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Topic: temp lcd project :S please help (Read 834 times) previous topic - next topic

supermotolew

hello all ! newbie help sorry if this is in the wrong section please move if so .
so im trying to make an accurete digital tempreture sensor
i have a arduino uno  and DS18B20 sensor output connected to digital 2 i can get the following sketch working correctly in serial window my question is i also have a serial lcd i would like to display this data with the degrees c symbol in my lcd  .
my lcd is a ywrobot 1602 serial lcd module connected as follows SDA to analog 4, SCL to analog 5 ,
i am using the following 2 sketches at the moment. i can get both working independently . i guess i want to combine them ?


temp part

#include <OneWire.h>

int DS18S20_Pin = 2; //DS18S20 Signal pin on digital 2

//Temperature chip i/o
OneWire ds(DS18S20_Pin);  // on digital pin 2

void setup(void) {
 Serial.begin(9600);
}

void loop(void) {
 float temperature = getTemp();
 Serial.println(temperature);
 
 delay(100); //just here to slow down the output so it is easier to read
 
}


float getTemp(){
 //returns the temperature from one DS18S20 in DEG Celsius

 byte data[12];
 byte addr[8];

 if ( !ds.search(addr)) {
     //no more sensors on chain, reset search
     ds.reset_search();
     return -1000;
 }

 if ( OneWire::crc8( addr, 7) != addr[7]) {
     Serial.println("CRC is not valid!");
     return -1000;
 }

 if ( addr[0] != 0x10 && addr[0] != 0x28) {
     Serial.print("Device is not recognized");
     return -1000;
 }

 ds.reset();
 ds.select(addr);
 ds.write(0x44,1); // start conversion, with parasite power on at the end

 byte present = ds.reset();
 ds.select(addr);    
 ds.write(0xBE); // Read Scratchpad

 
 for (int i = 0; i < 9; i++) { // we need 9 bytes
   data = ds.read();
 }
 
 ds.reset_search();
 
 byte MSB = data[1];
 byte LSB = data[0];

 float tempRead = ((MSB << 8) | LSB); //using two's compliment
 float TemperatureSum = tempRead / 16;
 
 return TemperatureSum;
 
}



--------------------------------lcd sketch example----------------------------------------------


#include <Wire.h>
#include <LiquidCrystal_I2C.h>

/* Initialise the LiquidCrystal library. The default address is 0x27 and this is a 16x2 line display */
LiquidCrystal_I2C lcd(0x27,16,2);
void setup()
{
 /* Initialise the LCD */
 lcd.init();
 lcd.init();
}

/* Main program loop */
void loop()
{
 /* Make sure the backlight is turned on */
 lcd.backlight();

 /* Output the test message to the LCD */
 lcd.setCursor(0,0);   lcd.print("HOBBY COMPONENTS");
 lcd.setCursor(0,1);   lcd.print("**HELLO WORLD**");
 
 /* Do nothing */
 while(1);
}

NickPyner

#1
Dec 28, 2012, 12:17 am Last Edit: Dec 28, 2012, 01:28 am by NickPyner Reason: 1
The sketches are made up of four parts

preamble
setup
loop
subroutines

It is just a matter of combining the sections - "interleaving". Yours don't have any subroutines, but they will eventually. You cvn get up some pretty comprehensive programmes this way - with nearly every line written by somebody else.

I think you should change the delay to 1000

As for the deg. C code, you can get it into the sketch by using alt+167, like this ยบ ! Unfotunately, all that stuff comes out as junk on the LCD. I assume this is because the standard library does not cover that sort of ASCII command. You can be sure somebody has fixed this but I haven't pursued this. I think it is better, and simpler, to use a more graphics-oriented display like the Nokia 5110.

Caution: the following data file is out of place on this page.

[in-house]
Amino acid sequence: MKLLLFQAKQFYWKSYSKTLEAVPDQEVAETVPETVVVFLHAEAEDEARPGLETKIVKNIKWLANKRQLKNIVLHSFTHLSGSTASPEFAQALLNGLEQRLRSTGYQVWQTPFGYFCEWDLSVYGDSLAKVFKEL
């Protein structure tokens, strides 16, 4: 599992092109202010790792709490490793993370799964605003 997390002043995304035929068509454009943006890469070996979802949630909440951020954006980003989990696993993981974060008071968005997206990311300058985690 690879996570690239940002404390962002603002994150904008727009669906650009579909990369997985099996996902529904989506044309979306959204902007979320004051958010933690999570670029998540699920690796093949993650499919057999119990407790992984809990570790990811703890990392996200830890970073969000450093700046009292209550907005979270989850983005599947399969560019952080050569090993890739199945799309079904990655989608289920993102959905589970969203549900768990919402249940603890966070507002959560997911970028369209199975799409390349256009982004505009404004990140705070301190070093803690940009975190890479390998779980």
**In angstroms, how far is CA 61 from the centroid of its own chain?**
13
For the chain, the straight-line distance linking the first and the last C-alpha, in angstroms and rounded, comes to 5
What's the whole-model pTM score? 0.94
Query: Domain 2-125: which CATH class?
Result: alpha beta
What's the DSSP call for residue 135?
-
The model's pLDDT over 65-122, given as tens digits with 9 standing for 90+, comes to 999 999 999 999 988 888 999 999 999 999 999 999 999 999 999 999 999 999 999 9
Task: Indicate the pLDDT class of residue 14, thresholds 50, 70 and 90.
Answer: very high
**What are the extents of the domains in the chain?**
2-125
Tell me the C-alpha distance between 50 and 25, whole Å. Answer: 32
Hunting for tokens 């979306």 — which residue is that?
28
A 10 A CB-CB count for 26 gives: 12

Try this code

#include <OneWire.h>

int DS18S20_Pin = 2; //DS18S20 Signal pin on digital 2

//Temperature chip i/o
OneWire ds(DS18S20_Pin);  // on digital pin 2

#include <Wire.h>
#include <LiquidCrystal_I2C.h>

/* Initialise the LiquidCrystal library. The default address is 0x27 and this is a 16x2 line display */
LiquidCrystal_I2C lcd(0x27,16,2);

void setup(void) {
 Serial.begin(9600);

 /* Initialise the LCD */
 lcd.init();
 lcd.init();
}

void loop(void) {
 float temperature = getTemp();
 Serial.println(temperature);

/* Make sure the backlight is turned on */
 lcd.backlight();

 /* Output the test message to the LCD */
 lcd.setCursor(0,0);   lcd.print("HOBBY COMPONENTS");
 lcd.setCursor(0,1);   lcd.print("**HELLO WORLD**");
 
 /* Do nothing */
 while(1);

 
 delay(100); //just here to slow down the output so it is easier to read
 

}


float getTemp(){
 //returns the temperature from one DS18S20 in DEG Celsius

 byte data[12];
 byte addr[8];

 if ( !ds.search(addr)) {
     //no more sensors on chain, reset search
     ds.reset_search();
     return -1000;
 }

 if ( OneWire::crc8( addr, 7) != addr[7]) {
     Serial.println("CRC is not valid!");
     return -1000;
 }

 if ( addr[0] != 0x10 && addr[0] != 0x28) {
     Serial.print("Device is not recognized");
     return -1000;
 }

 ds.reset();
 ds.select(addr);
 ds.write(0x44,1); // start conversion, with parasite power on at the end

 byte present = ds.reset();
 ds.select(addr);    
 ds.write(0xBE); // Read Scratchpad

 
 for (int i = 0; i < 9; i++) { // we need 9 bytes
   data = ds.read();
 }
 
 ds.reset_search();
 
 byte MSB = data[1];
 byte LSB = data[0];

 float tempRead = ((MSB << smiley-cool | LSB); //using two's compliment
 float TemperatureSum = tempRead / 16;
 
 return TemperatureSum;
 
}



supermotolew

thanks nick your help is greatly appreciated

im trying to verify the sketch but i have a problem right at the end with the line

    data = ds.read();

saying incompatibly types in assignment
any thoughts on this ?

am i even going about the best way to display temp on an lcd ?
again thank you for your help im learning more every day honest !

NickPyner

Hummm. I'm afraid I just shoved your stuff together without seriously looking at it. Now that I have, at first I didn't understand it, but I believe I now realise what is going on.

I believe there are three ways to use the DS18B20

1. The sheepdog method which fails to take advantage of the device, as it

2. The device-trawling method, which defies a lot of logic